The following is an excerpt from FEELING SMART: Why Our Emotions Are More Rational Than We Think. Reprinted with permission from PublicAffairs.
One of the most intensely studied phenomena associated with auctions is known as “the winner’s curse”: in many cases the winner of an auction actually pays more for the item he or she has won than its true worth. This is a phenomenon observed not only in auctions of low-priced items whose participants are amateur bidders; large corporations bidding in major tenders are also prey to the winner’s curse. In the early 1970s many US oil companies collapsed shortly after they won auctions granting them drilling rights in several places in the United States. These corporations had large staffs of geologists and economists assessing the values of the drilling rights for which they were bidding, but it turned out that they had bid prices that were much higher than the true values of the drilling rights on offer, which eventually bankrupted them.
There are two main causes of the winner’s curse, one cognitive and one emotional. Participants in an auction try to assess the value of the item on auction as best as they can. They then submit initial bids that are slightly lower than that assessment. The more competitive the auction environment, the closer bids will be to the assessed value, because the more bidders there are in an auction, the higher the chances that someone else will outbid you.
If there are a very large number of bidders and they have conducted independent value assessments, it is reasonable to suppose that the average assessment will be quite close to the true value of the auctioned item. If that’s the case, then the winner of the auction, who has bid the most money, has made an offer higher than the average bid — meaning that it is probably higher than the true value of the auctioned item. This is the cognitive explanation for the winner’s curse. In other words, the participants fail to take into account the fact that if they submit the winning bid, then they are valuing the auctioned item higher than everyone else, which in turn means that they are likely to be overvaluing it.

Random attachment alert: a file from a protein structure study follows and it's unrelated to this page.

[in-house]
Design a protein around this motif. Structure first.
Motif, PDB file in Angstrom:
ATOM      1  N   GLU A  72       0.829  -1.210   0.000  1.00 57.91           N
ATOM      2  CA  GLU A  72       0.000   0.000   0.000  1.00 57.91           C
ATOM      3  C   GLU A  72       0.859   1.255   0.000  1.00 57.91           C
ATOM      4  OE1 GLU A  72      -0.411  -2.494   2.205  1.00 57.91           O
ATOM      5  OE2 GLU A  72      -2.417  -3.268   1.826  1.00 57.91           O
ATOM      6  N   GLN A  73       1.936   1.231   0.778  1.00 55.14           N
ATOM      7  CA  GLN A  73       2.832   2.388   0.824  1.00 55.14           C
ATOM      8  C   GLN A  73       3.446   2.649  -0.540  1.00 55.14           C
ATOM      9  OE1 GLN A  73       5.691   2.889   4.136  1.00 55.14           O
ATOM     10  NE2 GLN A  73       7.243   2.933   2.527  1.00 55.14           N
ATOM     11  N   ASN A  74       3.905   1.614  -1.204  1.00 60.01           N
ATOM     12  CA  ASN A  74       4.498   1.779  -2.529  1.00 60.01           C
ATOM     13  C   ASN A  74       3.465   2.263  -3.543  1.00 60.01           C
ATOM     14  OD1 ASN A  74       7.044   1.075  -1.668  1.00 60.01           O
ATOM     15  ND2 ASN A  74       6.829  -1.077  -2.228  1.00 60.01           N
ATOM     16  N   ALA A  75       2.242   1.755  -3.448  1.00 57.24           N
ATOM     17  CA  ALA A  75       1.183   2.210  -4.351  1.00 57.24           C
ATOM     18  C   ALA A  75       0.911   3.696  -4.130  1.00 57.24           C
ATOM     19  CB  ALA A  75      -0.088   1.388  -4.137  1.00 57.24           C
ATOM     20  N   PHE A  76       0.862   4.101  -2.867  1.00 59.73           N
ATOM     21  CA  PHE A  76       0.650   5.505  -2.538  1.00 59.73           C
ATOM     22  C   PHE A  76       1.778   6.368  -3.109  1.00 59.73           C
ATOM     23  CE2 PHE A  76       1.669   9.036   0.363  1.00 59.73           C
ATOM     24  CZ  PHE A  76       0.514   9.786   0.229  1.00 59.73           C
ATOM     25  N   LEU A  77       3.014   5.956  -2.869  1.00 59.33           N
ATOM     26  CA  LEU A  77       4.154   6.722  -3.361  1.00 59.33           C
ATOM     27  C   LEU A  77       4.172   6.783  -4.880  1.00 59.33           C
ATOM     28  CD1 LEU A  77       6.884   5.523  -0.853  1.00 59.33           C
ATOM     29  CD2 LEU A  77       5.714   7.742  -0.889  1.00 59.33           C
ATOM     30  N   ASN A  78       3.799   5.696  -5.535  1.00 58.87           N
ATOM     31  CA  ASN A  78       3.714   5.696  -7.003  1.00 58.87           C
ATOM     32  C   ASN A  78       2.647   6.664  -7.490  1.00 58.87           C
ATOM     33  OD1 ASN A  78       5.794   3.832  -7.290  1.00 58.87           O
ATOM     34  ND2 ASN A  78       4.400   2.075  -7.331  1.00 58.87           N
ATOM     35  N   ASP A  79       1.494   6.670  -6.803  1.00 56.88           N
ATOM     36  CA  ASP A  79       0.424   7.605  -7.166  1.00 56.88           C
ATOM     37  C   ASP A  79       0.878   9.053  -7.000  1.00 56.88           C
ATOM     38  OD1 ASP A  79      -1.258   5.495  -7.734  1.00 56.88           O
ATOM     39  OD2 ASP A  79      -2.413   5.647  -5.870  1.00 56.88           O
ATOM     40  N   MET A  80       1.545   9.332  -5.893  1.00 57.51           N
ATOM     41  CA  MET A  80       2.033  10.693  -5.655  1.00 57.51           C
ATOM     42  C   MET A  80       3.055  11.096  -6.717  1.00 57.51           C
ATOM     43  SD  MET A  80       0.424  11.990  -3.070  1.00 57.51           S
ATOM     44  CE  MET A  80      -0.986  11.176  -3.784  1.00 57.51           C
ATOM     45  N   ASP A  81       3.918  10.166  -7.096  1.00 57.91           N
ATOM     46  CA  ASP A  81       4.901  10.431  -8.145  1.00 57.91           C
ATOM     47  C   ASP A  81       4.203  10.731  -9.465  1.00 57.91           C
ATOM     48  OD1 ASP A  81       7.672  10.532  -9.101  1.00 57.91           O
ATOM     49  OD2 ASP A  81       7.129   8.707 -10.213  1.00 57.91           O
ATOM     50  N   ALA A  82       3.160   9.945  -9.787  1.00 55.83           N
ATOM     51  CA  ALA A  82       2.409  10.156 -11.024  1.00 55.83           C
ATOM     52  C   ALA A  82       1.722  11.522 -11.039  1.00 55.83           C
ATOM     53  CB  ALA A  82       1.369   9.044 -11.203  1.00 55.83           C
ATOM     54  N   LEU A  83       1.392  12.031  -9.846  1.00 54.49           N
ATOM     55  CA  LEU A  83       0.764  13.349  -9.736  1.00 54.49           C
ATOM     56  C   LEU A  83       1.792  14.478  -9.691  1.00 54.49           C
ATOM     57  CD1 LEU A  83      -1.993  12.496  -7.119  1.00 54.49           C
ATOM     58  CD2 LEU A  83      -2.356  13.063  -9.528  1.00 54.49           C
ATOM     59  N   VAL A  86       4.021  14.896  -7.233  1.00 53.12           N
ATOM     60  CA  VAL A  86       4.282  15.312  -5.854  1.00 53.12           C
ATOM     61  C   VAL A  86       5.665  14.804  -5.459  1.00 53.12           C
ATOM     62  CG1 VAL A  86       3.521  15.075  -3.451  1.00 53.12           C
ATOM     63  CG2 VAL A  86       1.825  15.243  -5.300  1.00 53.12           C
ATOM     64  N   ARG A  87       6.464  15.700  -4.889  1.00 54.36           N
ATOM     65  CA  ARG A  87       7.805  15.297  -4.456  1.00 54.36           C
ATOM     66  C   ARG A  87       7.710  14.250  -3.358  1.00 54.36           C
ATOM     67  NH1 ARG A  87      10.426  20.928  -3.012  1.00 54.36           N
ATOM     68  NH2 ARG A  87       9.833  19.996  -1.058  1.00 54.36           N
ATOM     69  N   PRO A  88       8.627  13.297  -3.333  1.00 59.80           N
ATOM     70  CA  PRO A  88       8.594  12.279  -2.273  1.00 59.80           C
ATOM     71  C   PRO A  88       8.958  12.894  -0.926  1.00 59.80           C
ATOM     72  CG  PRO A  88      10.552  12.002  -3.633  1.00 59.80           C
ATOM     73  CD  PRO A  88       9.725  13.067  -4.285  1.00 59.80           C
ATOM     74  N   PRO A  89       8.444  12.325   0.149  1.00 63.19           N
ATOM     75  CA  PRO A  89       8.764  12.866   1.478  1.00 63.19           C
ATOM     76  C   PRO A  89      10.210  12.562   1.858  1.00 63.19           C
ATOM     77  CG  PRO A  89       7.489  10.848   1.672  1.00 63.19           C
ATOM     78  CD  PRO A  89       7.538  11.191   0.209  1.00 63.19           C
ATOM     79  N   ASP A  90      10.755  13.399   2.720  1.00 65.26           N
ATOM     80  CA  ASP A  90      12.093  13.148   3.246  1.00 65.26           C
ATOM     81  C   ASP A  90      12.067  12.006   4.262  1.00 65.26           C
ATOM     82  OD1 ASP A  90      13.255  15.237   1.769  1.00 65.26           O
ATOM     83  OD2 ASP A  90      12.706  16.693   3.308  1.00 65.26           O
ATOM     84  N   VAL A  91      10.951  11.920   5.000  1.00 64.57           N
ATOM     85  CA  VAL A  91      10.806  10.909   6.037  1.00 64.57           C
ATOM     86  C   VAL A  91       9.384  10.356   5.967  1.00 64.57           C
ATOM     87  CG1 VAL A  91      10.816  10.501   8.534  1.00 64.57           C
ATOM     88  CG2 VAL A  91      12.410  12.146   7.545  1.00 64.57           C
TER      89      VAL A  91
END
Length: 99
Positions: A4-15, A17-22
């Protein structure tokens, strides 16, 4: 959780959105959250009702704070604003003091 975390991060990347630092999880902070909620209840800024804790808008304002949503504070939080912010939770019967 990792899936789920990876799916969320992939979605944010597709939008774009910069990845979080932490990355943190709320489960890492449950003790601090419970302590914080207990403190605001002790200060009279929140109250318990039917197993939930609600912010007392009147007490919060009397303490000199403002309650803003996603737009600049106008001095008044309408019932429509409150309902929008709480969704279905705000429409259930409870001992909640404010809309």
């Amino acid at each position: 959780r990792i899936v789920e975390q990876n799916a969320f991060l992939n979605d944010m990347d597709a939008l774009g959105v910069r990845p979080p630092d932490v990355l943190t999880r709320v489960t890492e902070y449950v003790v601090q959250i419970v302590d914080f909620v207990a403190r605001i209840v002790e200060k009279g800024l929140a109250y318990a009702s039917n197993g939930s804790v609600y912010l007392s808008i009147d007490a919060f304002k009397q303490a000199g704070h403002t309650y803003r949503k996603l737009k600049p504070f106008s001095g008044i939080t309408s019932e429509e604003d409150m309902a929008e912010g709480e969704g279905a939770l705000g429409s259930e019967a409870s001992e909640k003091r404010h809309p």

One way to avoid cognitively falling prey to the winner’s curse is to write down the price you are willing to bid on a piece of paper that you then stow away in a drawer for twenty-four hours. After twenty-four hours have passed, take it out again and imagine that one of the auction officials who has already seen all the other bids informs you that you have submitted the highest bid. You should now recalibrate your bid based on this information. In most cases, this will lead you to lower your bid, protecting you from the winner’s curse.
But there is also an emotional cause to the winner’s curse in many cases. Participants in auctions often find themselves driven to submit high bids by “auction fever” — an uncontrollable desire to win the auction at any price. A few years ago two students of mine asked me to suggest a research project. My advice was to find Web sites in which the same items were offered for sale in two different ways — by auction versus direct sale at a fixed price — and to compare the prices at which the items were eventually sold.
I hypothesized that the auction prices would in many cases be higher than the direct sale prices for the same items, and my hypothesis turned out to be true. The auction participants could have obtained what they had bought by auction at lower prices if they instead had gone to direct sales at the same site, but the competitiveness of the auction environment and the auction fever that accompanies it pushed them to pay much more.
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